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How the world got lost on
the road to an anti-aging pill
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February 23, 2015: by Bill Sardi
A decade after the red wine molecule resveratrol (rez-vair-ah-trol) was introduced as an anti-aging pill, molecular biologists, as they are called, have introduced a whole new strategy that promises to produce nearly ageless humans who will live an indefinitely long and healthy lifespan.
These new “high-brow” youth pills come sans all the hype and hyperbole that accompanied resveratrol dietary supplements when they were first introduced and marketed by online hucksters who offered a free bottle of red wine pills to consumers who suddenly found their credit cards being billed each month without their knowledge.
February 19, 2015: by Bill Sardi
After a decade of scientific misdirection the discoveries involving the red wine molecule resveratrol unrelentingly continue to be published in scientific journals. Human studies are beginning to show resveratrol is relatively safe (safer than aspirin) and remarkably effective in human studies involving maladies of the eyes, brain, liver and heart, particularly when taken in modest but higher-than-dietary-level doses. Its versatility to address so many biological factors that affect aging is nothing less than remarkable. Among these reported advances is an astonishing discovery involving the aging human brain.
Small hemorrhages in the brain are now believed to be the cause of age-related mental decline, not the widely reported beta amyloid brain plaque or excessive acetycholinesterase enzyme that literally erases the brain chemical acetycholine, known as a memory molecule. [Nature Reviews Neurology May 2006; MedScape June 17, 2011] Acetycholinesterase inhibitors (Aricept, Exelon, Cognex, Razadyne) have been a flop for Alzheimer’s disease memory loss. [European Journal Clinical Pharmacology July 2005]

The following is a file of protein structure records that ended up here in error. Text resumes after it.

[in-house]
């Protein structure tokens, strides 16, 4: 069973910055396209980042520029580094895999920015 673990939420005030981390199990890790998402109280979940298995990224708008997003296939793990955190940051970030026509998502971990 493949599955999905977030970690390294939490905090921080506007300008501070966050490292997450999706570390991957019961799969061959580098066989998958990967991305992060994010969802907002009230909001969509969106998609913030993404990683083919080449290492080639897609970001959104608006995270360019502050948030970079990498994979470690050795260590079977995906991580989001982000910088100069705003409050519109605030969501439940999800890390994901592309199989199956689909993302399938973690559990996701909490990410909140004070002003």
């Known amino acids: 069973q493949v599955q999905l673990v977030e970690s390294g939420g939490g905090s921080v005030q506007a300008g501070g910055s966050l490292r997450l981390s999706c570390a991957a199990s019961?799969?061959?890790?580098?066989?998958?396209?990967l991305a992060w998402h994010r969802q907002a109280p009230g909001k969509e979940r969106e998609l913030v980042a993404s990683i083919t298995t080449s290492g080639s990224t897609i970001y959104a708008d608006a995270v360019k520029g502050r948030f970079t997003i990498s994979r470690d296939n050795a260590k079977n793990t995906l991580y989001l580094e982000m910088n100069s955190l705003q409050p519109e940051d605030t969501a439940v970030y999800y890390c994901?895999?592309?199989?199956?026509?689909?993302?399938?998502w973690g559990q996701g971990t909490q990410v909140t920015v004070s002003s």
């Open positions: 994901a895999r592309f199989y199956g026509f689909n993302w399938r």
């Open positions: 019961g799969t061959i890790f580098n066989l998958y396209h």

February 15, 2015: by Bill Sardi
In the wake of the Attorney General of the State of New York maligning herbal supplements, to claim herbal remedies sold in major store chains are mislabeled and often contain nothing more than powdered rice and houseplants as fillers, an MIT-based nutraceutical (aka dietary supplement) company has been spawned to introduce a scientifically valid anti-aging pill.
Dietary supplements, widely dismissed by physicians for not being “FDA approved” and unfairly maligned by the research community and the news media, may finally be getting some respect. But only in the context that an anti-aging pill is beyond the charter of the FDA which is to approve molecules, both natural and synthetic, that are safe and effective in the prevention, treatment or cure of disease. Aging is not considered a disease per se and conclusive evidence an anti-aging agent works might take decades to validate. So the more economical, more practical route of introducing an anti-aging pill as a dietary supplement has been taken by one of the most esteemed scientific centers in the world – Massachusetts Institute of Technology.
February 9, 2015: by Bill Sardi
February 2, 2015: by Bill Sardi
Delivered at the Sixtieth Annual Awards Dinner, National Health Federation
Woodland Hills, California, January 31, 2015